26 June 2010
NASHVILLE BARBECUE: Part 20 - Places We Missed
Over the last 19 months, in this series of reports, we've visited over 50 barbecue joints in Nashville and the surrounding counties. Over the course of that time, it's occurred to us that we've missed some that should have been included in one place or another. Some of these have opened (or reopened) since we started reporting, and some have been there all along, but have just been overlooked. We'll get half of them in this report, and half of them in the next one.
We begin in West Nashville, in a neighborhood called "The Nations". Boss Hogg's BBQ is on Morrow Road, across from West Park. This used to be the West Park Dairy Dip.
They are cooking on an old smoker right in the parking lot.
No ribs at Boss Hogg's, at least on the day I was there. But of course they have a pork sandwich. The meat was nice and tender, but didn't have much flavor - smoke or otherwise. It's a workman-like barbecue sandwich that would be aided by a squirt of barbecue sauce.
Next we head to Antioch for two barbecue joints that I have heard good things about from local blogger Joltin' Django on his blog, A Man's Gotta Eat.
Fat Boy's BBQ is on Murfreesboro Pike near the intersection of Bell Road.
Like Boss Hogg's, Fat Boy's is cooking on a big offset smoker right out in front of the store. I like it. I ordered a pulled pork sandwich and a rib sandwich.
The pulled pork has very good flavor. It's well-seasoned, with a hint of smoke. The meat was not as successful on tenderness. On this day, at least, the pulled pork was more than a little dry.
The ribs were country-style ribs. I don't know if this was just because I ordered a rib sandwich, or if all of their ribs are country-style. But I have never seen this at barbecue restaurant before. Anyway, they were very tasty - super tender and juicy with a great bark, and a nice smoky flavor.
Over in Hickory Hollow, Ron's BBQ & Fish is tucked away in a corner of the Kroger shopping center at the corner of Bell Road and Mt. View Road. They are cooking in a smoker out behind the shopping center (see photo at top).
The friendly folks at Ron's had already sold out of pork shoulder by the time I got there, but they gave me a heaping to-go box full of pork ribs. These ribs were absolutely cooked to oblivion - impossible to even pick one up - but they were delicious nonetheless. They had wonderful simplicity of flavor - well seasoned pork and plenty of hickory smoke, no sauce. A tasty treat.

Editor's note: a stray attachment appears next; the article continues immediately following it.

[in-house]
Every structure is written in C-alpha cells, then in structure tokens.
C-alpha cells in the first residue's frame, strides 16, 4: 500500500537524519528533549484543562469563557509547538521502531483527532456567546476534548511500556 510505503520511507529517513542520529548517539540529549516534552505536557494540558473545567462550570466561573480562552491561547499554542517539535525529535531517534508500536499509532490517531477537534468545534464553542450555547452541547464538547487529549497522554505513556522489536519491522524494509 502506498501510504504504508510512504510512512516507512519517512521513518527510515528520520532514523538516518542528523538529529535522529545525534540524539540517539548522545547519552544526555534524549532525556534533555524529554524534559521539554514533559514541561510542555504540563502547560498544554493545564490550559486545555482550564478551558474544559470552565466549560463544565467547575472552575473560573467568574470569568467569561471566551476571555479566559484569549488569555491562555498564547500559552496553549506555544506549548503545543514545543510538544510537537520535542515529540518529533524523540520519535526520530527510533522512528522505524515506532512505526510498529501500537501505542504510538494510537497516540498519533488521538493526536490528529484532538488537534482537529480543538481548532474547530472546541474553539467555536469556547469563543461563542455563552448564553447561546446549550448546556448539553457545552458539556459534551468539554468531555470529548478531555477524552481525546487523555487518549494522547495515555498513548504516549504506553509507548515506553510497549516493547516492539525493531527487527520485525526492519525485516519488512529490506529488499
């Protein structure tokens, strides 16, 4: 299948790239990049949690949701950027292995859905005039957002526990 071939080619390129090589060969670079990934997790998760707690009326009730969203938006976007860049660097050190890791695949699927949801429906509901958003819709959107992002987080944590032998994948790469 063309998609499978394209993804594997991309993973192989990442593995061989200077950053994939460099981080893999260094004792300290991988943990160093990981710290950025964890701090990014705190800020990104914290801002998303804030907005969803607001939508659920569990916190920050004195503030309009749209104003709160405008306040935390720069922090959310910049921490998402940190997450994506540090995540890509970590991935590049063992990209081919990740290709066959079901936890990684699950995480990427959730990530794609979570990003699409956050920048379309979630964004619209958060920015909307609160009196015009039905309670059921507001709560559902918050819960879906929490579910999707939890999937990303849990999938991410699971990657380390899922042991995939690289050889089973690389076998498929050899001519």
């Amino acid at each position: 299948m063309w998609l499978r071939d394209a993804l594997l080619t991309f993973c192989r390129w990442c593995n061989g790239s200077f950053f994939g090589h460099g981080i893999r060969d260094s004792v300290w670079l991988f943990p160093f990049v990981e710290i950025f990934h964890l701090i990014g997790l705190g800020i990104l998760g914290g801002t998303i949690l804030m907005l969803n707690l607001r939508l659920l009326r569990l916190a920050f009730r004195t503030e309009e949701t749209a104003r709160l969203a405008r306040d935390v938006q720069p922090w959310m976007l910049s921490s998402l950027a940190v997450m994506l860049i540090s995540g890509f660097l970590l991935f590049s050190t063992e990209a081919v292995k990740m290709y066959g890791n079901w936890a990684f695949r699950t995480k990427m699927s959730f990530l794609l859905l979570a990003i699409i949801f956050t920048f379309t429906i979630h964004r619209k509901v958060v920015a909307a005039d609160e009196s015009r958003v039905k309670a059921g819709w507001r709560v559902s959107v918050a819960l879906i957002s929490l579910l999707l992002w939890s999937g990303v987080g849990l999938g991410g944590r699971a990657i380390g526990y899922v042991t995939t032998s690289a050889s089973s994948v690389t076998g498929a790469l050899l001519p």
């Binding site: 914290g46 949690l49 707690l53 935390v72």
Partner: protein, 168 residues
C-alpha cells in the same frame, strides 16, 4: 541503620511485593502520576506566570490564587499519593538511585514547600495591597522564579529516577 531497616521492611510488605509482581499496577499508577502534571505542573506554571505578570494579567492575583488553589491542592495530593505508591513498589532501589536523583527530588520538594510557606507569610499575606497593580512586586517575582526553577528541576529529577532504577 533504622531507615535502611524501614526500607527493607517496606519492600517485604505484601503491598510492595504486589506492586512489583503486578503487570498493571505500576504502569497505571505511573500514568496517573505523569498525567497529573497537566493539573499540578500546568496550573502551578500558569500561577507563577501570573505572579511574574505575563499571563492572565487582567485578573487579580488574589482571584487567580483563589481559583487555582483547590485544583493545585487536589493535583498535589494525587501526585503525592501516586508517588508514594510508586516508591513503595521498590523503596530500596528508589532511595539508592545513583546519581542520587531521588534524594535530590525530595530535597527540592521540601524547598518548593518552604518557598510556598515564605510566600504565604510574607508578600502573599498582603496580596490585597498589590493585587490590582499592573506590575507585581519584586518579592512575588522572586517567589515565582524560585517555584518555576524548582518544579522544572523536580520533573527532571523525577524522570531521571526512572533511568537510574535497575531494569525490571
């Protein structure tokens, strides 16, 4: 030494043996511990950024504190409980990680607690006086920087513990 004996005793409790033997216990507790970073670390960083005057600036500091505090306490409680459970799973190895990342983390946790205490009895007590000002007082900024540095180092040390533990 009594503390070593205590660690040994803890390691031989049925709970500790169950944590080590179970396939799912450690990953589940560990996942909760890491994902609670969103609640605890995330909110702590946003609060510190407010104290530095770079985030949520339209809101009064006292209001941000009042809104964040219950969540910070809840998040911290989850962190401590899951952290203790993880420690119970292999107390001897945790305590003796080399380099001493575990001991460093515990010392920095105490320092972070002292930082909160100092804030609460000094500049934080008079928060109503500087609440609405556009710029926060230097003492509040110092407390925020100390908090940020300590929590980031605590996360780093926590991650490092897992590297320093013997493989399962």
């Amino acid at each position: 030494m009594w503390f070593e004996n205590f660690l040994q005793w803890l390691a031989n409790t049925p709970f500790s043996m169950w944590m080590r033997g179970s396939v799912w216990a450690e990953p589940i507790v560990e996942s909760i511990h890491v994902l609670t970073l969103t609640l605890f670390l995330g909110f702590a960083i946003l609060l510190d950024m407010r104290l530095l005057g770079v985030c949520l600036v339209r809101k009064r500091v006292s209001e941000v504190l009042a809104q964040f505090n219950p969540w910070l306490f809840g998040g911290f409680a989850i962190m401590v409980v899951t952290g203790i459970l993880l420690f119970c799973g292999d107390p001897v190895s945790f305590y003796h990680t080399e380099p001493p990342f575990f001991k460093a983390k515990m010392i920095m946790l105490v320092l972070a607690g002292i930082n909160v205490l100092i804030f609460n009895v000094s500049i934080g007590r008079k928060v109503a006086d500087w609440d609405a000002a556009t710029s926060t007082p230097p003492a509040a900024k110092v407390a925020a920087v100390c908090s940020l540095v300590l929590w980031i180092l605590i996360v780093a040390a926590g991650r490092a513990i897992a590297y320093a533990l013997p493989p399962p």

Over in Brentwood, vagabond Texas 'cue proprietor Aubrey Bean has found a home on Church Street (this is Judge Bean's fourth location if you're scoring at home). You'll recall that we tried to visit the Greer Stadium location last Spring as part of our "Texas Barbecue" report, but had no luck. Anyway, Lannae said it last week, and it's true - Judge Bean's has finally found a proper home. This location delivers an atmosphere that matches the funky, feisty character of the food - the ceilings are low, the decorations are tacky, the country music is loud, and the help is good lookin'. Now what about the food?
As we did with the other Texas-style barbecue joints in this area, I will judge on brisket and sausage. This brisket looked okay, with a nice smoke ring, and it tasted okay, with a nicely formed bark, but it was dry as could be. Maybe brisket was just having a bad day? The sausage I liked very much. Again, let me stress that I am no expert on sausage, but I found this to be very juicy, and with a nice snap in the casing. It had a nice smoky, garlicky flavor.
I know we're just judging meat here, but I can't talk about Judge Bean's without mentioning the brisket tacos. These have been a favorite of mine since Judge Bean's was on Wedgewood Avenue. Even if the brisket is a little dry, if you team it up with fresh guacamole and a little homemade salsa, and serve it on a grilled corn tortilla...that is good eatin'!
The folks at Bacon & Caviar have opened a second location of their B&C Barbecue in Melrose. We reviewed their farmer's market location back in 2008, but wanted to see how things were going at this new location.
Two years later, I still think B&C's pulled pork is great. It's cooked to a nice tenderness, it's seasoned perfectly, and it's got plenty of tasty bark pieces.
The baby back ribs (only offered on weekends) were not as successful. They lacked any real smoke flavor, and the sauce/rub had an odd overly peppery flavor. Also, they could have been cooked a few more degrees, as they were still kind of tough.
One other note about B&C is that their side dishes are still head and shoulders above what you'll find at most barbecue places. I know the meat is what counts, but I'm just sayin'.
Disclaimer: Please note that these reports are based on particular servings of barbecue at a particular day and time. Barbecue can be prone to fluctuation. Your experiences may vary.
More reports in this series:
Part 1 - The Legends
Part 2 - The Chain Gang
Part 3 - Local Chains
Part 4 - Jefferson Street
Part 5 - Clarksville Highway
Part 6 - East Nashville
Part 7 - The West Side
Part 8 - Memphis Imports
Part 9 - T for Texas
Part 10 - Williamson County
Part 11 - Murfreesboro
Part 12 - La Vergne & Smyrna
Part 13 - Wilson County
Part 14 - Catching Up in Nashville
Part 15 - Hendersonville & White House
Part 16 - Portland & Gallatin
Part 17 - Robertson County
Part 18 - Dickson County
Part 19 - "Barbecue by any other name..."
Part 20 - Places We Missed
Part 21 - More Places We Missed